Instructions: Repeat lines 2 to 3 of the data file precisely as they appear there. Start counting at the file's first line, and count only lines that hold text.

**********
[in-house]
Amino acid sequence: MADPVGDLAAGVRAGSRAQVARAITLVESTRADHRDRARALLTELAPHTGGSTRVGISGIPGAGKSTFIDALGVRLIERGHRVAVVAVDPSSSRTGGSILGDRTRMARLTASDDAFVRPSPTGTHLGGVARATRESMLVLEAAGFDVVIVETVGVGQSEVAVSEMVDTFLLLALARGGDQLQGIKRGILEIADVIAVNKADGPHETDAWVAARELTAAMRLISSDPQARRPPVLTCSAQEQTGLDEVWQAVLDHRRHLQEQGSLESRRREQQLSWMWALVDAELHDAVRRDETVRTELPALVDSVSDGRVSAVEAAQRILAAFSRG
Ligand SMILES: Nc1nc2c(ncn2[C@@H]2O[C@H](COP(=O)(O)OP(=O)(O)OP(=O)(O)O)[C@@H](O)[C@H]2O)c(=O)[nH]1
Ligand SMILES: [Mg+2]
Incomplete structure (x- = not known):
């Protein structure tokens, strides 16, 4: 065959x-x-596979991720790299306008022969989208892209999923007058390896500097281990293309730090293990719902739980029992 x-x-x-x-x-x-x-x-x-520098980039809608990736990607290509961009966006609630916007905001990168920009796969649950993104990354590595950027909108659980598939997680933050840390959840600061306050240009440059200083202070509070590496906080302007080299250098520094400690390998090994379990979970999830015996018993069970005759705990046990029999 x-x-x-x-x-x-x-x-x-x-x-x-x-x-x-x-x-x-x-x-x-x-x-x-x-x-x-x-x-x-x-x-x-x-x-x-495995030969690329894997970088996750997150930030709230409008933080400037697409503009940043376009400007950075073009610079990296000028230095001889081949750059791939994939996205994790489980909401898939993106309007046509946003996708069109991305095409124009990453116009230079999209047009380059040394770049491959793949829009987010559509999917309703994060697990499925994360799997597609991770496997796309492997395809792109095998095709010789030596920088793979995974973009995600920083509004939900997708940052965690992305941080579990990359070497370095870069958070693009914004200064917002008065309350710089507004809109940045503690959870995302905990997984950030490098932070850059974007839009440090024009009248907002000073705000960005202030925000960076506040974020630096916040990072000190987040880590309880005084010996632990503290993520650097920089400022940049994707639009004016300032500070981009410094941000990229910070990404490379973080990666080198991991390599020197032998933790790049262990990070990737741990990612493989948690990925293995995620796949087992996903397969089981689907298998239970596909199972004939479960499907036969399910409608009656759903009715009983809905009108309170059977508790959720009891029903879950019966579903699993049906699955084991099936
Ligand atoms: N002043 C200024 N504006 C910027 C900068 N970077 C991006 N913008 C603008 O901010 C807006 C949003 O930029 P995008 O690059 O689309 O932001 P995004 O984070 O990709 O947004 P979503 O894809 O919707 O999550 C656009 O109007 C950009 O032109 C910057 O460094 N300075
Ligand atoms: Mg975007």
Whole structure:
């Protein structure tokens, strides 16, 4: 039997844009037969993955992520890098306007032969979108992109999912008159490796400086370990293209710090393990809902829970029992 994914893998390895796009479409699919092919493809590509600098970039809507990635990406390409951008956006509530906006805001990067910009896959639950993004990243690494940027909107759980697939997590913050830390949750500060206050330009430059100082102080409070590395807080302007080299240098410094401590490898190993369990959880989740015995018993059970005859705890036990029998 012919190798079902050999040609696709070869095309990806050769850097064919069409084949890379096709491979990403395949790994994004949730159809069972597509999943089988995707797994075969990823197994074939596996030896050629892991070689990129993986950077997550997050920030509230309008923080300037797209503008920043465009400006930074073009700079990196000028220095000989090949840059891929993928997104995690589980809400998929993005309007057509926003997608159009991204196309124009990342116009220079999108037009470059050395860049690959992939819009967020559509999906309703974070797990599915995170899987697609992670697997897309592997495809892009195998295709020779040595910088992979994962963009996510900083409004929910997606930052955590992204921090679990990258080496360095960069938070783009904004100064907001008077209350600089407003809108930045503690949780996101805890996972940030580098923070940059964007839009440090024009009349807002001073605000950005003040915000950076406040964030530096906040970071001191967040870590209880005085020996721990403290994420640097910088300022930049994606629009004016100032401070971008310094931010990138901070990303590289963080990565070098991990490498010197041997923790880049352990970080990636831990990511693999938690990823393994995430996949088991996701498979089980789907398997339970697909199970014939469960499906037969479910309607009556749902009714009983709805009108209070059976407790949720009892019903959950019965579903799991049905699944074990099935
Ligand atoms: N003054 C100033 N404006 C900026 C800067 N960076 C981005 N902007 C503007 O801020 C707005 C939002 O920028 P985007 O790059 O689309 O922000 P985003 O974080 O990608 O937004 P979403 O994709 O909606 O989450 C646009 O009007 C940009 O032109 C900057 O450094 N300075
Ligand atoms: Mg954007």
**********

Amino acid sequence: MADPVGDLAAGVRAGSRAQVARAITLVESTRADHRDRARALLTELAPHTGGSTRVGISGIPGAGKSTFIDALGVRLIERGHRVAVVAVDPSSSRTGGSILGDRTRMARLTASDDAFVRPSPTGTHLGGVARATRESMLVLEAAGFDVVIVETVGVGQSEVAVSEMVDTFLLLALARGGDQLQGIKRGILEIADVIAVNKADGPHETDAWVAARELTAAMRLISSDPQARRPPVLTCSAQEQTGLDEVWQAVLDHRRHLQEQGSLESRRREQQLSWMWALVDAELHDAVRRDETVRTELPALVDSVSDGRVSAVEAAQRILAAFSRG
Ligand SMILES: Nc1nc2c(ncn2[C@@H]2O[C@H](COP(=O)(O)OP(=O)(O)OP(=O)(O)O)[C@@H](O)[C@H]2O)c(=O)[nH]1